But some experts have questioned whether someone with Malt's close ties to Romney could oversee the candidate's finances with true independence. In addition to serving as the trustee for Romney's charitable foundation, Malt's law firm has represented Romney's interests in legal disputes, and Malt served as the primary outside counsel to Romney's company, Bain Capital. A sign of those ties surfaced in August, when Romney filed his financial disclosure report and revealed that Malt had invested over $1 million of the candidate's money in the Solamere Founders Fund. Solamere is managed by Tagg Romney, Mitt's son.
Cleta Mitchell, a Washington, D.C. election lawyer who has done legal work for Rick Santorum's campaign, said it would be hard to explain how Romney's independent investment fund would orchestrate a $1 million investment with his son's firm without violating the terms of a standard blind trust -- terms that typically prohibit communication with family members.
"What you're saying to the government is, I don't have any control over this, my spouse doesn't, and neither do my dependent children," Mitchell said. "The filer says, 'I don't know what's in it. I just get income from it.'"
Said one prominent campaign lawyer who has advised past Republican presidential candidates on these matters: "I don't see how this would provide the required trustee independence under the executive branch blind trust requirements."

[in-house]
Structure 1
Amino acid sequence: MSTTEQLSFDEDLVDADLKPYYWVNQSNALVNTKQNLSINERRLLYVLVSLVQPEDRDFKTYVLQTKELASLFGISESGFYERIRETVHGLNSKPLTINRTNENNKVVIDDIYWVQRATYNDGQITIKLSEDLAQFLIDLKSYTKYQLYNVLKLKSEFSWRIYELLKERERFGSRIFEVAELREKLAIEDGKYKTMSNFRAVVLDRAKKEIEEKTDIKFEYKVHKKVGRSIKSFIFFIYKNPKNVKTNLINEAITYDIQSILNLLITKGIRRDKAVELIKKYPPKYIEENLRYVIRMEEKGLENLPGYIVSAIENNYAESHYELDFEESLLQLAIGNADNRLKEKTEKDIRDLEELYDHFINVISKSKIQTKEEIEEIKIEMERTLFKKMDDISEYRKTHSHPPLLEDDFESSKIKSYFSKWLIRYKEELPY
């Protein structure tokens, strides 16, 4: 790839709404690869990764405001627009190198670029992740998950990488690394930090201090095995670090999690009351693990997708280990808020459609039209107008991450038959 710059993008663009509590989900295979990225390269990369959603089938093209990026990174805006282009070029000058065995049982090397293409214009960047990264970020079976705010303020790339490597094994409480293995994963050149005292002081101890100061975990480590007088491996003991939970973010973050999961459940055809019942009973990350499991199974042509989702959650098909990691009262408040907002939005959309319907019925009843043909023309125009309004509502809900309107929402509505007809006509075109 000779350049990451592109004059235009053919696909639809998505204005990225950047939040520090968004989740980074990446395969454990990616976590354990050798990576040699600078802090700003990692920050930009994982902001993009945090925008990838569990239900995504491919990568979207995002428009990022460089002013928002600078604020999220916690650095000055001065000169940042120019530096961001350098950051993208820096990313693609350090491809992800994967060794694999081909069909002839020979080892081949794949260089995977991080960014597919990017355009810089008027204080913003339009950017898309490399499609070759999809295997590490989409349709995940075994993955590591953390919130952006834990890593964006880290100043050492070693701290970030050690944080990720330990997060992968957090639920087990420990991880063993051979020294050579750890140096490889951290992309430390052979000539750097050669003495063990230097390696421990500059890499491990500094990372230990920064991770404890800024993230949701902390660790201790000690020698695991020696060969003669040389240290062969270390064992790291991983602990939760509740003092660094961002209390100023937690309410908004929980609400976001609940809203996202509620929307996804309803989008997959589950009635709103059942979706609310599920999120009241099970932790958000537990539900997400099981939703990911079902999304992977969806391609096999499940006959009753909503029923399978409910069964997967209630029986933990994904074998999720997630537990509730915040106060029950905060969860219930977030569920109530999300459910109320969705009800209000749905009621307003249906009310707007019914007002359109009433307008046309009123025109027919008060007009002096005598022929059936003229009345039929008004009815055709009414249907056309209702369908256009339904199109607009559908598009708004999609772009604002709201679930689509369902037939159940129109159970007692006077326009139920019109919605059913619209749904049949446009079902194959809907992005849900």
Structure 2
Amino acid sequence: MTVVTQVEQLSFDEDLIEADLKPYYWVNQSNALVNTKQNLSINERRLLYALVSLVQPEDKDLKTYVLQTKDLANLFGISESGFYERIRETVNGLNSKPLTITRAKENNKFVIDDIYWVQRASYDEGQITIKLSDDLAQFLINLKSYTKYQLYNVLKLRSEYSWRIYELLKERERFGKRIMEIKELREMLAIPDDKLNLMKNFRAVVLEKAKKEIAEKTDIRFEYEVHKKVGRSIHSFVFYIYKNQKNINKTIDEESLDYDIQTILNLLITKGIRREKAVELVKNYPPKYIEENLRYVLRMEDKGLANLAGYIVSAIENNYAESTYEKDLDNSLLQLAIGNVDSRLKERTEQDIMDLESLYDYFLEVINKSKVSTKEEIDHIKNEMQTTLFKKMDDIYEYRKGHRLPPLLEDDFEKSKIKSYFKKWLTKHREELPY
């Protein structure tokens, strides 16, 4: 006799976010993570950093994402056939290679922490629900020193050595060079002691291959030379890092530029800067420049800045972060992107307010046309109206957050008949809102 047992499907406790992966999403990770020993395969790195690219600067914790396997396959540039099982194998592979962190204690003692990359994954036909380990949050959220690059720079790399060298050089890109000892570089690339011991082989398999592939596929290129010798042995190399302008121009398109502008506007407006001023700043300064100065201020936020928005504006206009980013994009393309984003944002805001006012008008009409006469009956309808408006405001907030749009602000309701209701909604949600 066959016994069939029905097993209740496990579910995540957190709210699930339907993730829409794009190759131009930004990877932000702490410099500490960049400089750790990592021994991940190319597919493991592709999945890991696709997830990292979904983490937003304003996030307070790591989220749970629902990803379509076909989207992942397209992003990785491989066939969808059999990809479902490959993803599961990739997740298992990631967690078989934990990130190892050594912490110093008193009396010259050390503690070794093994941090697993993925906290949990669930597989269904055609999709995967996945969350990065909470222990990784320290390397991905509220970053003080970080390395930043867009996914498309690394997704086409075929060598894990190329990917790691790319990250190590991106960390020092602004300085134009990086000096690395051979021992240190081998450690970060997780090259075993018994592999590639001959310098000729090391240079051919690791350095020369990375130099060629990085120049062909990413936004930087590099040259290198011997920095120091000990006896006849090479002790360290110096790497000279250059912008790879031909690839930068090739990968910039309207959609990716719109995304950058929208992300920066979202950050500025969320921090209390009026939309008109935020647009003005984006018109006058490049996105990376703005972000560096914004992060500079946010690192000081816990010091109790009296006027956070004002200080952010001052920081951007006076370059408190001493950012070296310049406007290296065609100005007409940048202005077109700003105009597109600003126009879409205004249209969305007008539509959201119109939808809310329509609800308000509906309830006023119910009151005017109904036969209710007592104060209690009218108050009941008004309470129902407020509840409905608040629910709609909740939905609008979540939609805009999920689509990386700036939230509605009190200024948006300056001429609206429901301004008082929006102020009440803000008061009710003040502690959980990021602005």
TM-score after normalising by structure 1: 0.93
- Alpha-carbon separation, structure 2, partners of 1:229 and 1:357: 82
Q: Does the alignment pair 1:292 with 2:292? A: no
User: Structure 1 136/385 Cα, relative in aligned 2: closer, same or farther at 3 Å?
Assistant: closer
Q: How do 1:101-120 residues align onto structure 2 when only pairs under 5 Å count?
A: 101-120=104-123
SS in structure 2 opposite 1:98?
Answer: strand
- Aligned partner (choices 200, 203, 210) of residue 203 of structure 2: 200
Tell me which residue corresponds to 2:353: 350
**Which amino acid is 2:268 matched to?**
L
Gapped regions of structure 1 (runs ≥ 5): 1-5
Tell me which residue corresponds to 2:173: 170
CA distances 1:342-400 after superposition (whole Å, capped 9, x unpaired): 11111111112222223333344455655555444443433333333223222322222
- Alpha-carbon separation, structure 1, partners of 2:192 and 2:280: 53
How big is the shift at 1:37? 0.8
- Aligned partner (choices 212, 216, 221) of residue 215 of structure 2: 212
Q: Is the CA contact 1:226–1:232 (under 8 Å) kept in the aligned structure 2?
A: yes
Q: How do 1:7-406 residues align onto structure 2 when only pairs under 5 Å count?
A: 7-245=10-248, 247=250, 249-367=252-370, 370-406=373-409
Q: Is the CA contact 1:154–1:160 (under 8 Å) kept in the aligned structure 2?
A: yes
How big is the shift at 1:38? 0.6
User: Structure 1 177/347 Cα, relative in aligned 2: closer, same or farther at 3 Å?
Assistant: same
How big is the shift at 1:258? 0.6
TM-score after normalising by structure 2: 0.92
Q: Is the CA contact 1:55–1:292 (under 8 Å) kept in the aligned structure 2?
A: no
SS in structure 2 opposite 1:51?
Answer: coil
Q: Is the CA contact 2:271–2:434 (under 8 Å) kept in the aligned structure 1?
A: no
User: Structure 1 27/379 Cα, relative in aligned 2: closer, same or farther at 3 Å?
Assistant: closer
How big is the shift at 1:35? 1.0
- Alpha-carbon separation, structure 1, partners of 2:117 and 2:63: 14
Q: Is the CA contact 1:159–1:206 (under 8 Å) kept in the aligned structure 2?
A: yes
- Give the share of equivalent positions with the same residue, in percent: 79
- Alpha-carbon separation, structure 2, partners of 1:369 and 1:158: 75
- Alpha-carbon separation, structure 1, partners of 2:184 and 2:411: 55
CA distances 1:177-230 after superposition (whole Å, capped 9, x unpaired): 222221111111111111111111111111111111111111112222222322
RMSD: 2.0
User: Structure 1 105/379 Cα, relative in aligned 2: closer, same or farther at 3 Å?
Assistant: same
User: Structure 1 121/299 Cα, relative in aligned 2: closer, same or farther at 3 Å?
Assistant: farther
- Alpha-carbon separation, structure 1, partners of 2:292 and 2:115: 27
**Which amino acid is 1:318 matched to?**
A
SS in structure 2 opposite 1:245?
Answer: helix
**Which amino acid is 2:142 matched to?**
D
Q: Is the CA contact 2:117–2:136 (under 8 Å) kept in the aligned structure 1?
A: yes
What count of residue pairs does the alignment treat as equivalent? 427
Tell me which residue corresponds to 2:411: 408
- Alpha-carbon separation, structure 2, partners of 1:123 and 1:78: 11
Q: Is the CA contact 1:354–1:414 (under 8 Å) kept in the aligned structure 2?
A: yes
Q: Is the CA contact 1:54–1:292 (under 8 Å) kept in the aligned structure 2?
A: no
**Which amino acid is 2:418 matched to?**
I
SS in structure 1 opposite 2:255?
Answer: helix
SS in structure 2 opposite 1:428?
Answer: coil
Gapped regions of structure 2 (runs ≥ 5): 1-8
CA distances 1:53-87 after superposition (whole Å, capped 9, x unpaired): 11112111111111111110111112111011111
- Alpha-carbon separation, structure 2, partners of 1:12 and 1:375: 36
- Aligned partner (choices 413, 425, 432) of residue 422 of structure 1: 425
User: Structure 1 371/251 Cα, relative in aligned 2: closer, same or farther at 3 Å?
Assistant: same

Said another: "At the federal level, you have to have an absolute informational barrier and you're not supposed to influence anything with respect to the trust."
Neither Republican election lawyer would agree to be named, for fear of reprisals from the Romney camp.
In an email to ABC News, Romney's campaign acknowledged the arrangement does not live up to the strict standards for blind trusts established by the federal Office of Government Ethics. But the campaign was also quick to note that those rules do not apply to candidates for office -- they apply only to federal office holders.
"The blind trust does NOT meet the exacting 'federal blind trust' standard," a campaign official wrote in response to questions from ABC News. "We have never called it a federal blind trust. If Governor Romney is elected president, that will change."
Campaign officials said Romney set up the blind trust as he prepared to take office as Massachusetts governor, "so it meets different standards -- no less exacting, but different," adding that the trust was established in consultation with the Massachusetts State Ethics Commission. "Governor Romney received a written opinion from the State Ethics Commission that the blind trusts were effective," a campaign official said.
Massachusetts does not have a set standard for blind trusts, however, according to David Giannotti, an ethics commission spokesman. He said if the commission did issue an opinion to Romney giving its blessing to the governor's blind trust, it would be confidential and he could not discuss it.